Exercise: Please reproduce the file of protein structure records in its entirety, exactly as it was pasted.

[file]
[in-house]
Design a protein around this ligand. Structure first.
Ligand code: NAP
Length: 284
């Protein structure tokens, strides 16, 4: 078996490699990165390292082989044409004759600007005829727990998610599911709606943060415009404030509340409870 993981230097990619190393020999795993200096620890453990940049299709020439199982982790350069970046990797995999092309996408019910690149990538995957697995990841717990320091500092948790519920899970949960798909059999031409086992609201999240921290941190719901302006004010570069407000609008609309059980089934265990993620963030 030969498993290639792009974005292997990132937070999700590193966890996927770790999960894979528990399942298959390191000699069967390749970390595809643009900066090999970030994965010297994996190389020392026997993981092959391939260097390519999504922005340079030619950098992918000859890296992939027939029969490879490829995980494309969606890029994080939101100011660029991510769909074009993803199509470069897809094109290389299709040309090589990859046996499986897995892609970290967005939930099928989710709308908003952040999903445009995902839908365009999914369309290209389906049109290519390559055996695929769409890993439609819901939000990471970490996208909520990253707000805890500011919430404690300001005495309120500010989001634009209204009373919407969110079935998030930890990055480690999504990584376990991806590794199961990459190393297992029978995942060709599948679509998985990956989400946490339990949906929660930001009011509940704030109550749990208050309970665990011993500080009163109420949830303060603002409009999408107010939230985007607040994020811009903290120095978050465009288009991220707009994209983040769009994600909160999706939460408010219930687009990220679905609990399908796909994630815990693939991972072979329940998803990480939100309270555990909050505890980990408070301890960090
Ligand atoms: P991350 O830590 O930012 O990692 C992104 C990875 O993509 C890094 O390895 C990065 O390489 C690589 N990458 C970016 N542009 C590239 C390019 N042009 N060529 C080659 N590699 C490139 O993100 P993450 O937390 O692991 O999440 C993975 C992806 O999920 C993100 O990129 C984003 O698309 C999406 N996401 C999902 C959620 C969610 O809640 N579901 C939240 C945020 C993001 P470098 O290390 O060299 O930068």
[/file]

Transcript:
[in-house]
Design a protein around this ligand. Structure first.
Ligand code: NAP
Length: 284
């Protein structure tokens, strides 16, 4: 078996490699990165390292082989044409004759600007005829727990998610599911709606943060415009404030509340409870 993981230097990619190393020999795993200096620890453990940049299709020439199982982790350069970046990797995999092309996408019910690149990538995957697995990841717990320091500092948790519920899970949960798909059999031409086992609201999240921290941190719901302006004010570069407000609008609309059980089934265990993620963030 030969498993290639792009974005292997990132937070999700590193966890996927770790999960894979528990399942298959390191000699069967390749970390595809643009900066090999970030994965010297994996190389020392026997993981092959391939260097390519999504922005340079030619950098992918000859890296992939027939029969490879490829995980494309969606890029994080939101100011660029991510769909074009993803199509470069897809094109290389299709040309090589990859046996499986897995892609970290967005939930099928989710709308908003952040999903445009995902839908365009999914369309290209389906049109290519390559055996695929769409890993439609819901939000990471970490996208909520990253707000805890500011919430404690300001005495309120500010989001634009209204009373919407969110079935998030930890990055480690999504990584376990991806590794199961990459190393297992029978995942060709599948679509998985990956989400946490339990949906929660930001009011509940704030109550749990208050309970665990011993500080009163109420949830303060603002409009999408107010939230985007607040994020811009903290120095978050465009288009991220707009994209983040769009994600909160999706939460408010219930687009990220679905609990399908796909994630815990693939991972072979329940998803990480939100309270555990909050505890980990408070301890960090
Ligand atoms: P991350 O830590 O930012 O990692 C992104 C990875 O993509 C890094 O390895 C990065 O390489 C690589 N990458 C970016 N542009 C590239 C390019 N042009 N060529 C080659 N590699 C490139 O993100 P993450 O937390 O692991 O999440 C993975 C992806 O999920 C993100 O990129 C984003 O698309 C999406 N996401 C999902 C959620 C969610 O809640 N579901 C939240 C945020 C993001 P470098 O290390 O060299 O930068």